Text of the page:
i missed lunch because i was prepping for my afternoon session talk. i was really nervous, but all the TED folks and other speakers were very nice. i got to chat for a bit with tony hsieh, CEO of zappos.com, who spoke right after me (i joked on twitter that i "opened" for him).
srivatsa krishna kicked off the session with a talk on infrastructure. his section on dubai (replete with pictures of the palm and world islands) was fascinating. i learned that, at $61B, the arabian canal in dubai is the single biggest infrastructure project ever in human history; dubai is creating a new country for the maldives; and the tallest standing structure in the world is the bridge over the grand canyon. favorite quote: "india has democracy. china has everything else."
raghunath mashekar talked about what he called "gandhian innovation," basically getting more from less for more (people). he focused on the tata nano as his case study, but also included a neat video about the jaipur foot, an affordable and effective prosthetic limb.
i spoke after raghunath, and i think it went pretty well. my basic premise was that charitable organizations and social enterprises are realizing that they need to win over generation Y, and they're going about it by beefing up their online and social networking presence (transcript). i argue that a comprehensive online presence is table stakes, and if these organizations really want to win us over they need to embody two things: trasparency (tell us exactly where our investment is going) and problem solving (get to the core of the problem; teach a man to fish). i kept it short and simple in hopes that it would be easier to digest, and i received a lot of really nice and encouraging feedback from other attendees afterwards. the first day of the conference was streamed live on the internet, and i hear that hundreds of thousands tuned in to watch. i'm told the videos will be posted online sometime in the coming months. i doubt i'll make the cut, but if i do i'll be sure to republish it here.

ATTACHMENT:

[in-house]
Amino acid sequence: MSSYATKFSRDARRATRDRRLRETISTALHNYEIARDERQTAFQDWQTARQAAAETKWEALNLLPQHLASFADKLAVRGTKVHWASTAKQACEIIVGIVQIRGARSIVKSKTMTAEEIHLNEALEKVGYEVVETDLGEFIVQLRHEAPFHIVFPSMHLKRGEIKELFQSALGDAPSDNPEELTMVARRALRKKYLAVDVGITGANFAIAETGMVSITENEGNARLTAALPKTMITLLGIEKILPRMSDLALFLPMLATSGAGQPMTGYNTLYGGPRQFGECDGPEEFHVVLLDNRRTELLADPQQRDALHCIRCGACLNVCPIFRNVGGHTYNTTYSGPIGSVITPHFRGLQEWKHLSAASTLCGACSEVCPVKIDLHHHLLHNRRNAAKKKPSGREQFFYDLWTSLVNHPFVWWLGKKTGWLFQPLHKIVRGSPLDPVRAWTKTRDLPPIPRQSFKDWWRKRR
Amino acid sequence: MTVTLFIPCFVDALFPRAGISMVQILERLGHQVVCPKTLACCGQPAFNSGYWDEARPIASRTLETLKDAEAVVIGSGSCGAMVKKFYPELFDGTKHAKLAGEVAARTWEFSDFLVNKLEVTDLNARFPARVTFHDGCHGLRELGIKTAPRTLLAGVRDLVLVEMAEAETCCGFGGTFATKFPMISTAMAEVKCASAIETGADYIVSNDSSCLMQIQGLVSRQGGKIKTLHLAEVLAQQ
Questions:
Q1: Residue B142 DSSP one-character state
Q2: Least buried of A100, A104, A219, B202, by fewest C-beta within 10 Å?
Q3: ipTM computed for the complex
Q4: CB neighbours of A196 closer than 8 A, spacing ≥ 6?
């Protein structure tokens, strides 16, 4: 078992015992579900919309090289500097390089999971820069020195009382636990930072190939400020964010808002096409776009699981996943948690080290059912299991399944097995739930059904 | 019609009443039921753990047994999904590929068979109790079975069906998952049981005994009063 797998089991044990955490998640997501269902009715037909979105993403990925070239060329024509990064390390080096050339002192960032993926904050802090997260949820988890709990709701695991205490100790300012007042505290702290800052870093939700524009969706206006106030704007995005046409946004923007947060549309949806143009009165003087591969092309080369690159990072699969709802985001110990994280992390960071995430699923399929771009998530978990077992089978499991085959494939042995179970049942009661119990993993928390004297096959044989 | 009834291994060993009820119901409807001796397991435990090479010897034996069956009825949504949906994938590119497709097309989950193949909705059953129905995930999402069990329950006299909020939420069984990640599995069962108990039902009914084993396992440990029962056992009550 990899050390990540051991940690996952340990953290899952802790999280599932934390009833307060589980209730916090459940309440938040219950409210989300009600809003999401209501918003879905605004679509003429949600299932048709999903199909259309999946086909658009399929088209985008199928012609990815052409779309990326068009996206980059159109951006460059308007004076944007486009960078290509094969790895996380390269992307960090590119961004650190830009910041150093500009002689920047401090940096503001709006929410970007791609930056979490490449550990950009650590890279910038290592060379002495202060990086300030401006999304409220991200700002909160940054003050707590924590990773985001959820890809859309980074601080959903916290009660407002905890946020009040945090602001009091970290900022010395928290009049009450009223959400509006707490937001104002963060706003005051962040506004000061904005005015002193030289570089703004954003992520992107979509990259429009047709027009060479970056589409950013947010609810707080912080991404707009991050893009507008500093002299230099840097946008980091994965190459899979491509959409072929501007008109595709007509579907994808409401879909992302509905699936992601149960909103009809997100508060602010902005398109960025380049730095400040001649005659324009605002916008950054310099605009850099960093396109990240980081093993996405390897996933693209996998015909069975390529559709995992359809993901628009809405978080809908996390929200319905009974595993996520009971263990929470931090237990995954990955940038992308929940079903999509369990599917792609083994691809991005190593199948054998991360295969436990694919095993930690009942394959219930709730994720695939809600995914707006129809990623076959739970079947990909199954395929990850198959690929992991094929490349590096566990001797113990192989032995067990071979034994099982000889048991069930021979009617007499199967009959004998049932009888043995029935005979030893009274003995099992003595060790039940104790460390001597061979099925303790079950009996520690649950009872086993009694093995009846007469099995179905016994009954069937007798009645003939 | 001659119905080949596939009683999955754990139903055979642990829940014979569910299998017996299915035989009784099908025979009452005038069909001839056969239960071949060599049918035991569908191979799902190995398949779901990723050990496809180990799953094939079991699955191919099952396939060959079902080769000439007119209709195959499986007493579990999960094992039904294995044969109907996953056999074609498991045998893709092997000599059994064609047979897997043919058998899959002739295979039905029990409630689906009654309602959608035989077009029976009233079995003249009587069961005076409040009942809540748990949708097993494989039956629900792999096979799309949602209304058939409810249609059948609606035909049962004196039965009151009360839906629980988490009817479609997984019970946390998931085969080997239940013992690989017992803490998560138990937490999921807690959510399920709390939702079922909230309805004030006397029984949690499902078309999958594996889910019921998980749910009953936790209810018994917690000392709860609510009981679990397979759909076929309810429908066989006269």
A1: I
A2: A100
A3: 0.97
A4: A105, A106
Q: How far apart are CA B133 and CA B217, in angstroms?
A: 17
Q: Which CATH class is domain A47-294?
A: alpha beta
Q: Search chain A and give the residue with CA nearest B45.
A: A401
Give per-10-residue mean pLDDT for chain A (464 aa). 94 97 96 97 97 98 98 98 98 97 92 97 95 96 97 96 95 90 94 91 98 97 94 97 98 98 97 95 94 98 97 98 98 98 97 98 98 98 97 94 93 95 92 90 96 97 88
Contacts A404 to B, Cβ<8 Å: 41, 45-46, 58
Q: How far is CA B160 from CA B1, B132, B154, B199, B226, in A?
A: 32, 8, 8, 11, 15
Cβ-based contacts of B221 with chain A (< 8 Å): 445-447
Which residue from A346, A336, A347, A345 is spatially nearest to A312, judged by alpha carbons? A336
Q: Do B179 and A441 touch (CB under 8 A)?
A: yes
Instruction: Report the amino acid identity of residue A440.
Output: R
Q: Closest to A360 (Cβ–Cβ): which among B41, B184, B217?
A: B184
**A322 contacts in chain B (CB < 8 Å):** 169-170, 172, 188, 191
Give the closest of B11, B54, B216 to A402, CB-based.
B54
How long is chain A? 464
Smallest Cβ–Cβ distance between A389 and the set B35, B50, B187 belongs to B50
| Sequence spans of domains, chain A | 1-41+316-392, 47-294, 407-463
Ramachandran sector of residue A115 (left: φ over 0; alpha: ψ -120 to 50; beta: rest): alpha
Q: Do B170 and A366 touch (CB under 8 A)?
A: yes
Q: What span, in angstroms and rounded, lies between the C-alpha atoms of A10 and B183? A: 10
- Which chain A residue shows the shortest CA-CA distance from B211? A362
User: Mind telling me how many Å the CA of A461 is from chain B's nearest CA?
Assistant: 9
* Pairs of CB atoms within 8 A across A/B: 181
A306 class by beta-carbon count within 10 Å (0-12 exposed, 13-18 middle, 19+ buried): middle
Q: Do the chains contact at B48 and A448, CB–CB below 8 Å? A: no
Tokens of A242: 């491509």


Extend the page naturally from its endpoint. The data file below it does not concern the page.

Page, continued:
zappos CEO tony hsieh spoke after me, and i really enjoyed his talk. his theme was "happiness as a business model," and he used zappos as a case study. his advice included agreeing to "commitable" core values (i.e., principles that your company believes in so strongly that you're willing to hire and fire because of them); refusing to hire egotistical people, even if they're smart; and challenging the audience to spend 10% of their time learning the science of happiness. favorite quote (via 2pac): "don't chase the paper; chase the dream."
the humble scott cook, founder of intuit, talked about using mobile phones to help farmers at market and joked that he was a "TED fogie" in response to tom rielly's presentation on the TED fellows (a group of young people who are sponsored to attend TED to ensure that young, less-affluent voices are also heard at the conference). mohnish pabrai, known as the person who bid the most money to have lunch with warren buffet, talked about donating 2% of his income to charitable organizations. harsha bhogle, famous cricket commentator, closed the session (VIDEO).
because i was a speaker, i sat in the front row for this session, right between usha uthup (famous indian pop singer who performed in session 1) and his holiness the 17th gyalwang karmapa (eep!). i tried to play it cool for the most part, but at one point i pulled a pack of gum out of my bag to get a stick. i offered some to my new neighbors, and they both indulged. his holiness chews tropical trident. nice.
probably largely driven by the live feed of day one's talks, "tedindia" became a trending topic on twitter today. awesome.